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First blood

Sarah Marques

72 pages
2012 - États-Unis
SF, Fantasy - Nouvelle

Intérêt: **

 

 

 

Cette longue nouvelle constitue une sorte d’introduction au roman Sword and blood, même si elle a été écrite plus tard. Les deux textes signés Sarah Marques (pseudonyme de Sarah Hoyt) se situent dans le monde des « vampire musketeers ». Une variation de l’univers des trois mousquetaires où les vampires ont envahi la France. Dirigés par le cardinal Richelieu, ils étendent petit à petit leur emprise face à des humains qui résistent tant bien que mal. Le corps des mousquetaires, en particulier, s’efforce de contenir le fléau.

Cette histoire est centrée sur le jeune René d’Herblay. Expédié au séminaire par son demi-frère aîné Corin, l’adolescent rêve depuis toujours de devenir mousquetaire et de faire ses preuves de guerrier, en dépit de son penchant pour les livres qui lui vaut le mépris de son aîné.

René se trouve par hasard en position de sauver un évêque attaqué par un vampire. L’homme d’église lui explique que les prêtres, considérés par les vampires comme leurs pires ennemis, n’ont plus d’autre solution que d’entrer dans la clandestinité pour continuer la lutte. Il confère les ordres au jeune homme.

Rentré chez lui, d’Herblay découvre que Corin et sa jeune épouse sont devenus vampires. A l’occasion d’un combat entre humains et vampires dans les rues de Paris, il fait la connaissance de deux mousquetaires, Athos et Porthos. Ils se lient d’amitié et les deux hommes font entrer René d’Herblay chez les mousquetaires, sous le nom d’Aramis (voir extrait ci-dessous).

 

Comme dans le cas de Sword and blood, cette nouvelle fonctionne étonnamment bien. Le personnage du futur Aramis est bien campé. On appréciera notamment la façon dont, dans ce monde parallèle, Aramis se trouve devenir à la fois prêtre et mousquetaire, dépassant ainsi, au nom de la lutte contre les vampires, les éternels atermoiements qui le caractérisent dans les romans de Dumas.

 

Extrait

 “We are musketeers,” the giant said. “Recruited by Monsieur de Treville. I am
Porthos and this is my friend Athos.”

“Athos is not a man,” Rene said, blustering, not sure of much, but sure of that.
“It is a mountain. There is a monastery there!”

The man introduced as Athos laughed. He looked up at Rene as though evaluating him carefully. “Some of us in Monsieur de Treville’s regiment are running from vengeance or... minor infractions. Minor infractions committed when fighting vampires." He looked into Rene’s eyes, and Rene was startled to find the man’s eyes, which looked, at first glance, black were in fact a very deep dark jade green.

The man called Athos sighed. “But from what we gathered during your fight, and after, when you were... I’m afraid, raving out of your head in pain, you too are running from something and in much the same circumstances. On your honor, will you keep our names?”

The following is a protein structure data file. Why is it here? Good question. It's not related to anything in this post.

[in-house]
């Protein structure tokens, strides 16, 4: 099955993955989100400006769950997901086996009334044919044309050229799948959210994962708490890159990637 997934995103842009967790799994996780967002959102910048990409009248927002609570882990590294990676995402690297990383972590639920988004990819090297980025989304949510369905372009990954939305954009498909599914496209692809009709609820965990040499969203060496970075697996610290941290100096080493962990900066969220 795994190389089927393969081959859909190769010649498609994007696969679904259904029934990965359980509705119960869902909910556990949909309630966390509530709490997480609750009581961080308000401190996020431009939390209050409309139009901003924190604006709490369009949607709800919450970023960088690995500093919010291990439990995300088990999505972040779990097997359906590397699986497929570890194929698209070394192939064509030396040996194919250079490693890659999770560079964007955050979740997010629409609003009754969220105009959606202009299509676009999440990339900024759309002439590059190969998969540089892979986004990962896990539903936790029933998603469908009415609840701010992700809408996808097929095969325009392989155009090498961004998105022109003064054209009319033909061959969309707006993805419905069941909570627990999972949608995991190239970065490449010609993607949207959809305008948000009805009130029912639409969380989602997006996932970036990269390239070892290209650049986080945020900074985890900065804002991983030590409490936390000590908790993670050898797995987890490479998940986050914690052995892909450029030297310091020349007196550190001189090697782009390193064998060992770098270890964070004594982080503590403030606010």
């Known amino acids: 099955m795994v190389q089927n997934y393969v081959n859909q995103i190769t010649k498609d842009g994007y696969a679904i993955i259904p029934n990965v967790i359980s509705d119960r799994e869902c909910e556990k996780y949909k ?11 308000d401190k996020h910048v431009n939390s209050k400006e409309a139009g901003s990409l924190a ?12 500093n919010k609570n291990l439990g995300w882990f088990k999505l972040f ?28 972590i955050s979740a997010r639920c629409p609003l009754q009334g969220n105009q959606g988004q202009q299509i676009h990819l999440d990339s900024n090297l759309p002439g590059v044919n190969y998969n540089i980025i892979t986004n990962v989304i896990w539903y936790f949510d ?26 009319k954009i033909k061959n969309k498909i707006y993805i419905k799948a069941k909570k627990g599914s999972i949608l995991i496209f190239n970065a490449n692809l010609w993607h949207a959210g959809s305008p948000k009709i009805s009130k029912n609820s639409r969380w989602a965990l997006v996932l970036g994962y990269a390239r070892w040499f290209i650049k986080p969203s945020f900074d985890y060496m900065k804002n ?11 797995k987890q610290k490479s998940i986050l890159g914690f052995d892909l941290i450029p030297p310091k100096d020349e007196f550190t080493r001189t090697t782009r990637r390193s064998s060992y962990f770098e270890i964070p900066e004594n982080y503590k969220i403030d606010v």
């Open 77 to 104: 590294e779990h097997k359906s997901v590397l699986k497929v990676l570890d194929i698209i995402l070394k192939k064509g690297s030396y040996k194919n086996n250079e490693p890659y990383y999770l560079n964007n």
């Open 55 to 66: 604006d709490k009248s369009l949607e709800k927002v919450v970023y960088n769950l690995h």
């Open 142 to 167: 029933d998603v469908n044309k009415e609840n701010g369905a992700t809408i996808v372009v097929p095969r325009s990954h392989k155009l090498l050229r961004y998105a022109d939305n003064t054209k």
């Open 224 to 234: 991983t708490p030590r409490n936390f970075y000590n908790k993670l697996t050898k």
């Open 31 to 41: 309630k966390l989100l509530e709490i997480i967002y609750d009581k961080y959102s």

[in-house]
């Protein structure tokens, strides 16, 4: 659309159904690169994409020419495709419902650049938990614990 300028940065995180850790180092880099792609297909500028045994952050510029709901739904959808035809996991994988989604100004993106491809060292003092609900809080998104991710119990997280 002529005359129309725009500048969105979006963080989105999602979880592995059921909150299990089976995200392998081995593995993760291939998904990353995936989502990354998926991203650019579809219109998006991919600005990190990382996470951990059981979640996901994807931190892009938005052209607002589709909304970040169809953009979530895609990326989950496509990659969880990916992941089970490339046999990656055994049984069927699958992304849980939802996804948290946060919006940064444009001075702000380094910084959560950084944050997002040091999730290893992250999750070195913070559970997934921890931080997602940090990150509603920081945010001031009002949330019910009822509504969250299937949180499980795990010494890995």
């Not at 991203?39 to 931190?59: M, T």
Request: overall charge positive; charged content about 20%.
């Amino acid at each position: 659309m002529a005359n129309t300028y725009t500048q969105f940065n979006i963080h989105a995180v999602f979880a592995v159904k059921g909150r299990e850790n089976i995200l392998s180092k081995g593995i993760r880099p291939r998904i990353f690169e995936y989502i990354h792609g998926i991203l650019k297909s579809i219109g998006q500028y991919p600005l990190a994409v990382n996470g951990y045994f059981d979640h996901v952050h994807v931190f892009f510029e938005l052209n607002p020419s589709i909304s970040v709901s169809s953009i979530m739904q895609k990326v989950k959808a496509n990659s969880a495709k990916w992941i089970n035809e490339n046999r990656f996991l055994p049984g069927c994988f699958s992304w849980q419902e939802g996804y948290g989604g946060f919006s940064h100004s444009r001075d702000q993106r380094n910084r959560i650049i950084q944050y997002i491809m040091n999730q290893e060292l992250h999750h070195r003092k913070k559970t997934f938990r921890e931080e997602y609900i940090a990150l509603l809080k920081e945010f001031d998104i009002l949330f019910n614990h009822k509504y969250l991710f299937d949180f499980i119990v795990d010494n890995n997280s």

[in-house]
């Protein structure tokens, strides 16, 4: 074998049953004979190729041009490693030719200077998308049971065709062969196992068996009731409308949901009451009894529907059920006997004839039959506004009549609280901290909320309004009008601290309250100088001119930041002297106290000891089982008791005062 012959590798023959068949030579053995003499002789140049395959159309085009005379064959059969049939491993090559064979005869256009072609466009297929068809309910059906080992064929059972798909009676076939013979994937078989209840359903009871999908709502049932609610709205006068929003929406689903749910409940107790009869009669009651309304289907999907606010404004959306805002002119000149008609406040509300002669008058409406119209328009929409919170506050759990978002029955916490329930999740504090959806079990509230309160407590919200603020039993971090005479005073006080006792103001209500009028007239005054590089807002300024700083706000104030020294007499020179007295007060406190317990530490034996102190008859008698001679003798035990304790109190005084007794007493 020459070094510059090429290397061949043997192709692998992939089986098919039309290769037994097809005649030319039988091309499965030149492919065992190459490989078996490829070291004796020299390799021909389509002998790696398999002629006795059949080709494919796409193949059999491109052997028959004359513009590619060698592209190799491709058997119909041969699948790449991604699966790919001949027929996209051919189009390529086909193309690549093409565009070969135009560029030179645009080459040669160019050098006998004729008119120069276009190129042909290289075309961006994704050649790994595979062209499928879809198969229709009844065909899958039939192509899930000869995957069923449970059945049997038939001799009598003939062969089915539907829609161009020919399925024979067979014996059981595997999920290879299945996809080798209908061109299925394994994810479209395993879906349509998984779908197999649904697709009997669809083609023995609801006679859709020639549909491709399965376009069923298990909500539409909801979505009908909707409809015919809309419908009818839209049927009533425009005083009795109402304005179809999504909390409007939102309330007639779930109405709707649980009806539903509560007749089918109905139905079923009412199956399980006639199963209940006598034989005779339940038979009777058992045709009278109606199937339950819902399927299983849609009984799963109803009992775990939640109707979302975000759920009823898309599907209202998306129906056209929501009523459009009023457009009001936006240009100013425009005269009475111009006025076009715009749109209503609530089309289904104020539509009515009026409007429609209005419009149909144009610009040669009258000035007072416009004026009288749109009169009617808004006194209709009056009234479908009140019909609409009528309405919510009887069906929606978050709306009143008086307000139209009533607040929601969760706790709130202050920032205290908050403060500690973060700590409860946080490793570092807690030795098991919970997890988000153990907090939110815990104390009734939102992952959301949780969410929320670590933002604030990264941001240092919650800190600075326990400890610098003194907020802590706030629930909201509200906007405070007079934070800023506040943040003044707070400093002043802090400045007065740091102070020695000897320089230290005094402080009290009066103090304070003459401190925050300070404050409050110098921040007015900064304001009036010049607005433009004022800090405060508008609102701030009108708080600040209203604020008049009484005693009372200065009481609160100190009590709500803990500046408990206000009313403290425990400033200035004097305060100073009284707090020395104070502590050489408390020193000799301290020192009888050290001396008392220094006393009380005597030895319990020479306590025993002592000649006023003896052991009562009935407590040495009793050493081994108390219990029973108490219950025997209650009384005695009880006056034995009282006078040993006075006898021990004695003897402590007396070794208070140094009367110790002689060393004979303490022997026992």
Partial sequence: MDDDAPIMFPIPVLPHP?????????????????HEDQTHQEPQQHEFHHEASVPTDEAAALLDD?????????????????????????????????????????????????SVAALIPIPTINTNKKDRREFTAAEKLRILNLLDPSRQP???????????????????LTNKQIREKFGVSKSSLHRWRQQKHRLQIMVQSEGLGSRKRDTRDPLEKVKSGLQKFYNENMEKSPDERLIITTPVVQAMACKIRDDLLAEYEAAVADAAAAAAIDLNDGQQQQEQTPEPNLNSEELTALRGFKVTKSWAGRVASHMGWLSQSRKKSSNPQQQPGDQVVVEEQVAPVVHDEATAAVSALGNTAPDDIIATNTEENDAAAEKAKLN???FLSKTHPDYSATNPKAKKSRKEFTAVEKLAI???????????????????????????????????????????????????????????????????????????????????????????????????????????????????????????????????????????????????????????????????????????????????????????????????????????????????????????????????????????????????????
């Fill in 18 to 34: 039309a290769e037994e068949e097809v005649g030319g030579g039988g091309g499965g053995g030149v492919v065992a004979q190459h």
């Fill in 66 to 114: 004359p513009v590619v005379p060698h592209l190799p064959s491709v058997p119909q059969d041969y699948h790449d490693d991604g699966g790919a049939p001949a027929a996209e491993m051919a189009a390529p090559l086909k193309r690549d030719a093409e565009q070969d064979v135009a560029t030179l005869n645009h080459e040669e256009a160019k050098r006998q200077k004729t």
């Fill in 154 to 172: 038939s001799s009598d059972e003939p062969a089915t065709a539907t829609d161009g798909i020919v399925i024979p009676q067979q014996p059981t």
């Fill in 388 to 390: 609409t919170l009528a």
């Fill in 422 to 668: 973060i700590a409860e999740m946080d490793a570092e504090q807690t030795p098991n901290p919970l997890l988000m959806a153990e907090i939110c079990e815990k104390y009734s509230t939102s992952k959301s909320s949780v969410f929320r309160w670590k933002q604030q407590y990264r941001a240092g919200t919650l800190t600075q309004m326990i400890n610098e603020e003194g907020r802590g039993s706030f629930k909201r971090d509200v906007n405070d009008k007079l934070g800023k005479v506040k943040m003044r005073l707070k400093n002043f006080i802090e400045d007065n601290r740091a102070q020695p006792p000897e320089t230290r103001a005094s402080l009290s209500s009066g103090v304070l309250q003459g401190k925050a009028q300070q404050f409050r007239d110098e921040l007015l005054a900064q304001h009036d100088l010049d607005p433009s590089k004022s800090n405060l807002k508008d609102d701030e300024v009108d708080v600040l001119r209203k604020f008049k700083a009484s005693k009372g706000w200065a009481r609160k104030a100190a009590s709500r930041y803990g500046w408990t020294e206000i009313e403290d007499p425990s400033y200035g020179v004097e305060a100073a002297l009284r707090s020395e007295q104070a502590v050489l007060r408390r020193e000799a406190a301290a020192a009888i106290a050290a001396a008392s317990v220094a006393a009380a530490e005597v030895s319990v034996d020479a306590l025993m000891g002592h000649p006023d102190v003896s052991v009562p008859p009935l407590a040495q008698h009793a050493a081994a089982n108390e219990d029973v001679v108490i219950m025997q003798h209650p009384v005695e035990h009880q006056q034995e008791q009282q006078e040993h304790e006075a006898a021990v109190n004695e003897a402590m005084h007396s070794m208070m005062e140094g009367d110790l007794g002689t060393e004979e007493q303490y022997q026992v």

“I- Yes."

“Then I am Raphael, Comte de la Fere. And this is my friend Monsieur Du Valon, who prefers to answer to the name of Porthos. And you?”

“I am Rene D’Herb1ay. I suppose... Chevalier D’Herblay until my son— That is, most will consider me the Chevalier D’Herb1ay.”

“But you’re not?” the giant rumbled.

Rene shook his head. “No. I am Father D’Herb1ay.”

For a moment, he thought he'd scared them. They looked at each other. The taller man raised his eyebrows. The blond man shook his head, but it wasn’t a denial, more of a concession.

“I’ve never heard of a priest fighting like you,” Athos said.

“We... The bishop said we needed a different kind of priests to... to protect the people.”

“Warrior priests,” Porthos said. He paused a moment. “Monsieur de Treville—”

His friend took it up. “Has given us the power to recruit trustworthy musketeers who will not be afraid to confront and kill vampires. Will your vows prevent your doing that?”

“No,” Rene said. “I don’t believe so." He looked down at his wrist. “I don’t know how much good I will be. I—”

“You have very good technique,” Porthos said. “It needs only practice, and I promise you’1l get plenty of that. I know you have the making of an exceptional swordsman, and I should know. I was once a fencing teacher.”

Rene blinked at the thought. He’d tried to avoid the church to become a warrior, and now... and now he found the church led him to be a warrior.

“And we’1l look out for you, while you learn. There is an oath Athos and I have had, since we started going out fighting vampires together. One for two and two for one, but now...”

“But now we’ll change it,” Athos said.

Rene’s hand was wresting upon his knee, and Athos lay his own upon it. “One for all,” he said. Porthos grinned broadly and put his hand on top of their two hands, “And all for one.”

“You’ll do,” Athos said. “Are you enlisting under you own name? You’ll have to tell your real name to the captain, anyway, but if you are a priest, it is perhaps better to go under an assumed name. What would you like to be called?”

It took no time at all to think about it. A million dreams of leading men in war, a million school boy fantasies rushed in on Rene, and it was with a smile for his foolishness, and an embracing that his path did, indeed, lay in fighting that he said, in a voice that seemed to him older than he’d ever been, “Aramis. I am Aramis.”

 


 

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